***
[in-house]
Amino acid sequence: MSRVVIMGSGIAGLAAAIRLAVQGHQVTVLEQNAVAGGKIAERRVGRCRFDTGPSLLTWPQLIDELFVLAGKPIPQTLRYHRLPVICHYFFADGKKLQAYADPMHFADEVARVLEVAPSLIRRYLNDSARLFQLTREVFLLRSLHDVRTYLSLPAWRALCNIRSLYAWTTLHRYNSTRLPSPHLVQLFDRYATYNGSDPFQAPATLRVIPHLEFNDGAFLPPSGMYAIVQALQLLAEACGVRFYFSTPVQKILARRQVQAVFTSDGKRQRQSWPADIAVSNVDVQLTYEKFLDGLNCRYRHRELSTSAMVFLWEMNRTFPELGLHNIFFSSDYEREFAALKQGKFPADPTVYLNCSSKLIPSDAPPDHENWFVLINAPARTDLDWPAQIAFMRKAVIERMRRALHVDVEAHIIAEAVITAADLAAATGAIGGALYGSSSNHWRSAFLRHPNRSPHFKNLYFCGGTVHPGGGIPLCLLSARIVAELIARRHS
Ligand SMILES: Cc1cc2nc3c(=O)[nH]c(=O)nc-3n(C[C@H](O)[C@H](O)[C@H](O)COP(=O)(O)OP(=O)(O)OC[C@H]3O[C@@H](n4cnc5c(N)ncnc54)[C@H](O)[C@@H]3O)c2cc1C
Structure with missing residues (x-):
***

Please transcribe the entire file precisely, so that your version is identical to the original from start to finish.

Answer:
[in-house]
Amino acid sequence: MSRVVIMGSGIAGLAAAIRLAVQGHQVTVLEQNAVAGGKIAERRVGRCRFDTGPSLLTWPQLIDELFVLAGKPIPQTLRYHRLPVICHYFFADGKKLQAYADPMHFADEVARVLEVAPSLIRRYLNDSARLFQLTREVFLLRSLHDVRTYLSLPAWRALCNIRSLYAWTTLHRYNSTRLPSPHLVQLFDRYATYNGSDPFQAPATLRVIPHLEFNDGAFLPPSGMYAIVQALQLLAEACGVRFYFSTPVQKILARRQVQAVFTSDGKRQRQSWPADIAVSNVDVQLTYEKFLDGLNCRYRHRELSTSAMVFLWEMNRTFPELGLHNIFFSSDYEREFAALKQGKFPADPTVYLNCSSKLIPSDAPPDHENWFVLINAPARTDLDWPAQIAFMRKAVIERMRRALHVDVEAHIIAEAVITAADLAAATGAIGGALYGSSSNHWRSAFLRHPNRSPHFKNLYFCGGTVHPGGGIPLCLLSARIVAELIARRHS
Ligand SMILES: Cc1cc2nc3c(=O)[nH]c(=O)nc-3n(C[C@H](O)[C@H](O)[C@H](O)COP(=O)(O)OP(=O)(O)OC[C@H]3O[C@@H](n4cnc5c(N)ncnc54)[C@H](O)[C@@H]3O)c2cc1C
Structure with missing residues (x-):